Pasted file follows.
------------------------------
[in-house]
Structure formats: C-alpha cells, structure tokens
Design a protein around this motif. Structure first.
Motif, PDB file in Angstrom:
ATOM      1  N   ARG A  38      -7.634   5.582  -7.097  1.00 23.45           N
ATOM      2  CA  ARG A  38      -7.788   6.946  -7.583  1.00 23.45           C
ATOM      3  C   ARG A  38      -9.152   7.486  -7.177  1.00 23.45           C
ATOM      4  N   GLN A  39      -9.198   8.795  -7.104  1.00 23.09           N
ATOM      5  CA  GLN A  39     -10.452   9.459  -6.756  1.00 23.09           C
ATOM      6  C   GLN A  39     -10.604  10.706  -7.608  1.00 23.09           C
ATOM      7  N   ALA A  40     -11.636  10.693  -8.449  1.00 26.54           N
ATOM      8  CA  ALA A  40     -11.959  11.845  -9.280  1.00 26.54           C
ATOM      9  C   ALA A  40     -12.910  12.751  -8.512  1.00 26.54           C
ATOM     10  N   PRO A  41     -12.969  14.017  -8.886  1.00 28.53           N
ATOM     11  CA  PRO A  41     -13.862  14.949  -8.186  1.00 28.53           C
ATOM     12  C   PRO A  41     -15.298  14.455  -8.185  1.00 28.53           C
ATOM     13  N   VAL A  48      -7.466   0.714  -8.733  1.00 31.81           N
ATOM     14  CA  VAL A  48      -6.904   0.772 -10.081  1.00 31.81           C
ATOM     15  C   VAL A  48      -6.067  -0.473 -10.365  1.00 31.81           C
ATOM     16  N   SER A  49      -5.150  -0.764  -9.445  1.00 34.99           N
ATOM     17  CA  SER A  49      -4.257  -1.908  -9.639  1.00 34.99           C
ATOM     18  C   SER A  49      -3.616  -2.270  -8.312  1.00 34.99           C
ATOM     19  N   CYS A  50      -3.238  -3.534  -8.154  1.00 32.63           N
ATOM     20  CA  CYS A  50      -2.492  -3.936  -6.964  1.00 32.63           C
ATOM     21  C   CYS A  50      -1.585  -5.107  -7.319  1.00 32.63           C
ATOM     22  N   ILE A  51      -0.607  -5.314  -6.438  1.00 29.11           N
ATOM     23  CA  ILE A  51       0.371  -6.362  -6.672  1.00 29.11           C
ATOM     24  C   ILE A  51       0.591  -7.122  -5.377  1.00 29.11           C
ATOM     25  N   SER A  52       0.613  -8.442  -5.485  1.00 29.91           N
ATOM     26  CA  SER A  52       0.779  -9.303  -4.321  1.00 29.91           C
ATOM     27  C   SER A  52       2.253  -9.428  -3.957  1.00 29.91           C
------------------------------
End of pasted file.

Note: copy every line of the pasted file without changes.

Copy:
[in-house]
Structure formats: C-alpha cells, structure tokens
Design a protein around this motif. Structure first.
Motif, PDB file in Angstrom:
ATOM      1  N   ARG A  38      -7.634   5.582  -7.097  1.00 23.45           N
ATOM      2  CA  ARG A  38      -7.788   6.946  -7.583  1.00 23.45           C
ATOM      3  C   ARG A  38      -9.152   7.486  -7.177  1.00 23.45           C
ATOM      4  N   GLN A  39      -9.198   8.795  -7.104  1.00 23.09           N
ATOM      5  CA  GLN A  39     -10.452   9.459  -6.756  1.00 23.09           C
ATOM      6  C   GLN A  39     -10.604  10.706  -7.608  1.00 23.09           C
ATOM      7  N   ALA A  40     -11.636  10.693  -8.449  1.00 26.54           N
ATOM      8  CA  ALA A  40     -11.959  11.845  -9.280  1.00 26.54           C
ATOM      9  C   ALA A  40     -12.910  12.751  -8.512  1.00 26.54           C
ATOM     10  N   PRO A  41     -12.969  14.017  -8.886  1.00 28.53           N
ATOM     11  CA  PRO A  41     -13.862  14.949  -8.186  1.00 28.53           C
ATOM     12  C   PRO A  41     -15.298  14.455  -8.185  1.00 28.53           C
ATOM     13  N   VAL A  48      -7.466   0.714  -8.733  1.00 31.81           N
ATOM     14  CA  VAL A  48      -6.904   0.772 -10.081  1.00 31.81           C
ATOM     15  C   VAL A  48      -6.067  -0.473 -10.365  1.00 31.81           C
ATOM     16  N   SER A  49      -5.150  -0.764  -9.445  1.00 34.99           N
ATOM     17  CA  SER A  49      -4.257  -1.908  -9.639  1.00 34.99           C
ATOM     18  C   SER A  49      -3.616  -2.270  -8.312  1.00 34.99           C
ATOM     19  N   CYS A  50      -3.238  -3.534  -8.154  1.00 32.63           N
ATOM     20  CA  CYS A  50      -2.492  -3.936  -6.964  1.00 32.63           C
ATOM     21  C   CYS A  50      -1.585  -5.107  -7.319  1.00 32.63           C
ATOM     22  N   ILE A  51      -0.607  -5.314  -6.438  1.00 29.11           N
ATOM     23  CA  ILE A  51       0.371  -6.362  -6.672  1.00 29.11           C
ATOM     24  C   ILE A  51       0.591  -7.122  -5.377  1.00 29.11           C
ATOM     25  N   SER A  52       0.613  -8.442  -5.485  1.00 29.91           N
ATOM     26  CA  SER A  52       0.779  -9.303  -4.321  1.00 29.91           C
ATOM     27  C   SER A  52       2.253  -9.428  -3.957  1.00 29.91           C